Opioid Legislation Update: Third Circuit

July 7th, 2017 by CHHS RAs

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By CHHS RA Bach Nguyen

Note: This is part of an ongoing series of posts covering recent state legislative efforts to address the nationwide opioid epidemic. The posts are organized by federal judicial circuit, with this post covering the Third Circuit. As a reminder, in the federal court system, a circuit court hears appeals from a group of states, usually based on geographical region, though some exceptions exist. In this case, the Third Circuit is composed of New Jersey, Delaware, and Pennsylvania.

As with the previous circuits, New Jersey, Delaware, and Pennsylvania are focused on creating laws that limit the prescription of opioids, as well as laws that expand treatment for those struggling with addiction. While the laws remain similar in form, the details make the laws some of the most strict in the nation. Earlier this year, New Jersey passed, and the governor signed, one of the nation’s most comprehensive and aggressive laws combating the opioid epidemic.

The law reduces first-time prescriptions of opioids from 30 days to 5 days, requires all healthcare providers, from doctors to midwives, to discuss the dangers of the drugs with their patients, and requires insurers to provide for 180 days of treatment without preauthorization, “including an initial 28-day period in which health plans cannot deny inpatient care.” After this period, plans can perform concurrent review to change the location where care is given, but the review cannot be done more than once every two weeks.Less-noticed, but groundbreaking, parts of the bill require health plans to go out-of-network, if necessary, to ensure that people seeking help are placed within 24 hours. The law, as written, will extend to other forms of substance abuse, not just opioid and heroin addiction.” New Jersey has been among the states with the highest rate of opioid-related emergency room visits, and has also joined a multi-state probe into the marketing practices of opioid manufacturers.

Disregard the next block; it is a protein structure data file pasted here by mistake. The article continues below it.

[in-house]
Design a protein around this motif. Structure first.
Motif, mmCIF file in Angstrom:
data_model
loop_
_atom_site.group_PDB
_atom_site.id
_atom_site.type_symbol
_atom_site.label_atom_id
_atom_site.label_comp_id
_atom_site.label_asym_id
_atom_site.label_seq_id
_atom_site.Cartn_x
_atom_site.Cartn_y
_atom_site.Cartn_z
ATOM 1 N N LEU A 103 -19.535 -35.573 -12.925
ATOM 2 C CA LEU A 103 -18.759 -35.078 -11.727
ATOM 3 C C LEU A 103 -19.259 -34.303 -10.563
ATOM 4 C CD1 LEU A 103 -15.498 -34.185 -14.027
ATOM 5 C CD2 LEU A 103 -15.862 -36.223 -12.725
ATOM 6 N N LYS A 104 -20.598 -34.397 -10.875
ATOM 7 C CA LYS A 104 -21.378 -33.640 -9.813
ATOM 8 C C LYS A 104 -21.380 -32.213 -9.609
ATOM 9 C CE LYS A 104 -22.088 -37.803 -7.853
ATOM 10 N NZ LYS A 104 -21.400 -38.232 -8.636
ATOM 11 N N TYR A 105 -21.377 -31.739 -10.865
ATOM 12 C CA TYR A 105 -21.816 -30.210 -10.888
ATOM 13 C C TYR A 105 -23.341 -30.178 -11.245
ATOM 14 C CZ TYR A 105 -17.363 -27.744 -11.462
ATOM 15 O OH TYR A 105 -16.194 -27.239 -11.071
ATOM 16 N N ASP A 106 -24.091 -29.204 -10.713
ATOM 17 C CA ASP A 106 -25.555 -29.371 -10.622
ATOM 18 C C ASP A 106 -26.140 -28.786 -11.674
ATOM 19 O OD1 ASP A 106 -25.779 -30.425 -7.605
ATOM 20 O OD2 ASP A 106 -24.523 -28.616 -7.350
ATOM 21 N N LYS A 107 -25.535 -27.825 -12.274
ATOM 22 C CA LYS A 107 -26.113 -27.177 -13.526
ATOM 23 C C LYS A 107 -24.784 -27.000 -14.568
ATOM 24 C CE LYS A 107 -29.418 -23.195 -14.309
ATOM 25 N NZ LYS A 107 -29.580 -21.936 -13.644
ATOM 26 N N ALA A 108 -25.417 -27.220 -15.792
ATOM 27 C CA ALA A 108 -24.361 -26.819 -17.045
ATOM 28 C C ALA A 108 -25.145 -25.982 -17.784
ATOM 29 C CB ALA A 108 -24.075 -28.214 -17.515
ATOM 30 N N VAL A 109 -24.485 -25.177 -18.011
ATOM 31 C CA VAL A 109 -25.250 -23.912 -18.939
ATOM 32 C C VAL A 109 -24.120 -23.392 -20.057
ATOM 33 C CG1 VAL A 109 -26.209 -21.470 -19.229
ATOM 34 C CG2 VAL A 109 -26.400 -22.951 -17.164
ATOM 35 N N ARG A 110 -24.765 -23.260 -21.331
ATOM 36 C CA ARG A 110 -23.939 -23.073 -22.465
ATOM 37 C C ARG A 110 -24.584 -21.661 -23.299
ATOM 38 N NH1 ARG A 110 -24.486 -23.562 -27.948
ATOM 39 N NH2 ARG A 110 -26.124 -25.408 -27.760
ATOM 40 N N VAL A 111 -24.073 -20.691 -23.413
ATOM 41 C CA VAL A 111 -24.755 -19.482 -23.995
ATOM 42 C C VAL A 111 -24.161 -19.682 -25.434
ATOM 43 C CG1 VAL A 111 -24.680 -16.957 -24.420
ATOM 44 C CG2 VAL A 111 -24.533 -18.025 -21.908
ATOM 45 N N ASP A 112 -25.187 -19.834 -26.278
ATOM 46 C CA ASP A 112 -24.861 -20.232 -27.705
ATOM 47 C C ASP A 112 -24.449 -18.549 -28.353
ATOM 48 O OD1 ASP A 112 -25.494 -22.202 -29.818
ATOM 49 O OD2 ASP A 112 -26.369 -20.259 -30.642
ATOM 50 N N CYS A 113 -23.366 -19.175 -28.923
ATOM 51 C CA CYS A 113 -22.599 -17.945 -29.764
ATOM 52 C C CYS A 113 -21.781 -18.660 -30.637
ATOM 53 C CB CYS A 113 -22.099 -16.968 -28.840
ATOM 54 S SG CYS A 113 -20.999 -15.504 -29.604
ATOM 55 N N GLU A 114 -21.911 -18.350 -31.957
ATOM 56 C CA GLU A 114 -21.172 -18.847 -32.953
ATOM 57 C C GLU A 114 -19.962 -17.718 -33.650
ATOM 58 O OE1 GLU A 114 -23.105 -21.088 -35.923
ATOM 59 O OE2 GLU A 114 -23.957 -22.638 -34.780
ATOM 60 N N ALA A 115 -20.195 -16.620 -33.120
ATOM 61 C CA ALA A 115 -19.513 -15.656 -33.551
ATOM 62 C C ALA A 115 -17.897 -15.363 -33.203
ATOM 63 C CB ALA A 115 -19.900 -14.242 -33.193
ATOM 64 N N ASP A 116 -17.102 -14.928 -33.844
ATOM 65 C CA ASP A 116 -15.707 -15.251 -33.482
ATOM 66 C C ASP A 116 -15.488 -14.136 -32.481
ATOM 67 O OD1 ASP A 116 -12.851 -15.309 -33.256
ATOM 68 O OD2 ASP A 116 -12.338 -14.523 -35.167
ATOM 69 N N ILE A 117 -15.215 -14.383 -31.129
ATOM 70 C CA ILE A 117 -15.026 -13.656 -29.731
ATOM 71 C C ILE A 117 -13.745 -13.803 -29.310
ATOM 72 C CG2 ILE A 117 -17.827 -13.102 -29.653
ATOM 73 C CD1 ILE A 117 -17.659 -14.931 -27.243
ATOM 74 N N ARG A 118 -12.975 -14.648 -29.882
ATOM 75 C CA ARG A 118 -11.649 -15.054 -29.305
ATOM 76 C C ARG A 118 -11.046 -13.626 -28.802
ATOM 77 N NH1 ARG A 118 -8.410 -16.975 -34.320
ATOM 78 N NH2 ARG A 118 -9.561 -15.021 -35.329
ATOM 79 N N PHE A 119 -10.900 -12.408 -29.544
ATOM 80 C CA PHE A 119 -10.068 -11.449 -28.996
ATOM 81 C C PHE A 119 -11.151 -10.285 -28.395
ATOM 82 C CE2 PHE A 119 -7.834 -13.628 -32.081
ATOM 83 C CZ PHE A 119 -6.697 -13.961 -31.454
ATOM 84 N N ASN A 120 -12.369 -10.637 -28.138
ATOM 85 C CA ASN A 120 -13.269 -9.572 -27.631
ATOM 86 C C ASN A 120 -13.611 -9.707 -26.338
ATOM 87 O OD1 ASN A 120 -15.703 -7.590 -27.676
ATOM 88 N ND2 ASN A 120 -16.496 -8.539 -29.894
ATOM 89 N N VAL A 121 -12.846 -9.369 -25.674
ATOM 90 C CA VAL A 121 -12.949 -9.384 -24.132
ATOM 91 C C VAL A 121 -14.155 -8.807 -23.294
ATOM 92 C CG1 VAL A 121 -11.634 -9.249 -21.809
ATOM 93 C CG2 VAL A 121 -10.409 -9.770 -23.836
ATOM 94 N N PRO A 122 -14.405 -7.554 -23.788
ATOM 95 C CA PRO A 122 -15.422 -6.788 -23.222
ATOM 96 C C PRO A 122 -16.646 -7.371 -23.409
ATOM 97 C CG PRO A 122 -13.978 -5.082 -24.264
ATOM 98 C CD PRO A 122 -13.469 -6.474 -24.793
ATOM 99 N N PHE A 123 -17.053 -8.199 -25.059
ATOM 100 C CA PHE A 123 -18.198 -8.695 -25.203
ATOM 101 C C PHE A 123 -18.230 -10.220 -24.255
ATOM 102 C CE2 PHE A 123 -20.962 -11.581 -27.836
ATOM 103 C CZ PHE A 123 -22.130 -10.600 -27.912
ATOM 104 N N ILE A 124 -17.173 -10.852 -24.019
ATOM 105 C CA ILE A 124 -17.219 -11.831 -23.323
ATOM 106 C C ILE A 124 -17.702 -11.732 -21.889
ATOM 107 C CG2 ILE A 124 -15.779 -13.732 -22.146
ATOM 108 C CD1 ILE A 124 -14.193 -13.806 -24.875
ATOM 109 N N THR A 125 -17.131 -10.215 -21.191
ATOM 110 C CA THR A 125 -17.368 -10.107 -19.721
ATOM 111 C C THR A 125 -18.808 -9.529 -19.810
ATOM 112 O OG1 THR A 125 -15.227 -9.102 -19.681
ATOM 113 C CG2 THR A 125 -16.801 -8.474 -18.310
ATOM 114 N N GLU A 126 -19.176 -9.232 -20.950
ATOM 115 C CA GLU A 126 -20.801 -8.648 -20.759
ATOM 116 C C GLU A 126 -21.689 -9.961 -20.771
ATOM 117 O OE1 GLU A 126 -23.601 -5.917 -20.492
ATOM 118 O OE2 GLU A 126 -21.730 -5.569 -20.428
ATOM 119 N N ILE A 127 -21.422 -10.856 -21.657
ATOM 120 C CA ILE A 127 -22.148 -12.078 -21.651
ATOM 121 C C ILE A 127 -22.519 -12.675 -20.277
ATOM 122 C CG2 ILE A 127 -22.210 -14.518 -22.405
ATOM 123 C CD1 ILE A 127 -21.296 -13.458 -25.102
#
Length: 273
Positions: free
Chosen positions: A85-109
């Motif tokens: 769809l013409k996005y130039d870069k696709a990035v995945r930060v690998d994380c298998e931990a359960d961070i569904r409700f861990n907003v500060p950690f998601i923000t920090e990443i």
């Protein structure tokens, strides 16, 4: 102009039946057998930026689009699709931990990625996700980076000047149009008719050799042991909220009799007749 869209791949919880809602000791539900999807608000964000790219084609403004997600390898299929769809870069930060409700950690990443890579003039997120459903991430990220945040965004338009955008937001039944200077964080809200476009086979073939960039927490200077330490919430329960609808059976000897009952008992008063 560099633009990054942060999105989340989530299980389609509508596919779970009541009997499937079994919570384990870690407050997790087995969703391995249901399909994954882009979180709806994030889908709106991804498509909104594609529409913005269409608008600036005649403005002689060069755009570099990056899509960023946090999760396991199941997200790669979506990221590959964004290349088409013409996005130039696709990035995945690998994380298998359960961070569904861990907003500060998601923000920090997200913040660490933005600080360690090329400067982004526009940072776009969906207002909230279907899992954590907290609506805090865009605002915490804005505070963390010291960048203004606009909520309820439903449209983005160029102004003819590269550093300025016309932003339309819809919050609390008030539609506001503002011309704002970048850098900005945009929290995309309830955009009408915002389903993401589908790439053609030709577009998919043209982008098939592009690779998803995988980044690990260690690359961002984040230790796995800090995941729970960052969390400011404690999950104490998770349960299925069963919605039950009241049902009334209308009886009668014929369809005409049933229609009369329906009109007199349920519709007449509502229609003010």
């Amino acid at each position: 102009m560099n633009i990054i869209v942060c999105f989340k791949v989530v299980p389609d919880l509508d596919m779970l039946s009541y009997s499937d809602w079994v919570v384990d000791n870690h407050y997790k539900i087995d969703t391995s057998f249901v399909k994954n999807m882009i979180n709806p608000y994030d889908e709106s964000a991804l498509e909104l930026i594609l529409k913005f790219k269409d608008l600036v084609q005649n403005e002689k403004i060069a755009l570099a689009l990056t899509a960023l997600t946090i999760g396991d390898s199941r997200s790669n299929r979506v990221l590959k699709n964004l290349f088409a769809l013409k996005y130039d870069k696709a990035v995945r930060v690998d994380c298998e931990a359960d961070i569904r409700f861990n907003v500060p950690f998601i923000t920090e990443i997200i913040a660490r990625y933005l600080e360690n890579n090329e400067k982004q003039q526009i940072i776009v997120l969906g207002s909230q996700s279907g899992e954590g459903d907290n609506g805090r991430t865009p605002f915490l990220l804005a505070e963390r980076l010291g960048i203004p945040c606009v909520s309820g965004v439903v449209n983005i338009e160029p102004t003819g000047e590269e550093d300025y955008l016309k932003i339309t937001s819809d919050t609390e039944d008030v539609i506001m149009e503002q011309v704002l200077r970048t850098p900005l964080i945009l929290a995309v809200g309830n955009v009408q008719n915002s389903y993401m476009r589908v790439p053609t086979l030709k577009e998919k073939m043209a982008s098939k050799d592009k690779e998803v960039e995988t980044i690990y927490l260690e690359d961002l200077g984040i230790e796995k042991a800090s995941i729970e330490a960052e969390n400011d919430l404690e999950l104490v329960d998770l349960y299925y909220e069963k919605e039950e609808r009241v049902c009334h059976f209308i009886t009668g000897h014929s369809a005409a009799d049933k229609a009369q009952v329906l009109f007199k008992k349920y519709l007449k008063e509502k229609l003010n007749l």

Similar to New Jersey, Delaware has also enacted laws targeting over-prescription of opioids and assisting patients in gaining access to treatment. HB 91 improves Delaware’s ability to track and refer physicians who prescribe opioids at unusually high rates to law enforcement and the medical board for review. Compared to Connecticut’s information sharing law discussed in the last installment, this method seems to more directly target physicians as oppose to informing physicians about existing patient prescriptions. Another bill, HB 100, requires insurers to provide notice to people being denied drug-abuse treatment of legal avenues and remedies they can pursue, in addition to authorizing the Department of Justice to provide legal assistance, including using funds from the Consumer Protection Fund to offset costs of providing legal assistance. SB 41, “a companion to HB 100 that removes pre-authorization requirements[,] which can result in patients being denied at care centers and guarantee at least 14 days of inpatient treatment[,] passed the General Assembly earlier this month after receiving unanimous support in both chambers.” All three bills were signed into law on May 30th of this year. Delaware lawmakers have also introduced a bill that imposes a tax on the sale of opioids in the state, as well as another bill that seeks to improve study of opioids and addiction by expanding access to overdose fatality data.

Pennsylvania’s legislative efforts this year differ slightly compared to New Jersey’s and Delaware’s. While Pennsylvania is also aiming to address over-prescription of opioids, it is acting through the Workers Compensation act, proposing an amendment that regulates for how long and which medications are available to workers injured on the job. Another proposed law, which has passed in the Pennsylvania House of Representatives, requires prescriptions to be passed electronically from doctors to pharmacists, aiming to reduce fraudulent use and theft of traditional prescriptions. It will be interesting to follow the progression of this effort, as the choice in electronic transmission methods may open up prescriptions to an even broader range of attacks and fraud. Pennsylvania is also adopting some measures similar to those in the Second Circuit. Like Connecticut, Pennsylvania is also among the states that have enacted legislation for creating voluntary non-opioid directives. Lastly, similar to New York, the Pennsylvania Senate just approved SB 662, which would increase penalties when illegal drugs cause serious injuries to victims.

While the legislative efforts of the Third Circuit states are similar to many other states, slight differences seem to make the laws stricter than previous circuits, particularly in New Jersey. Many of these differences may simply reflect local demographics and differences, but it will be valuable to evaluate and compare the effectiveness of these policies moving forward.

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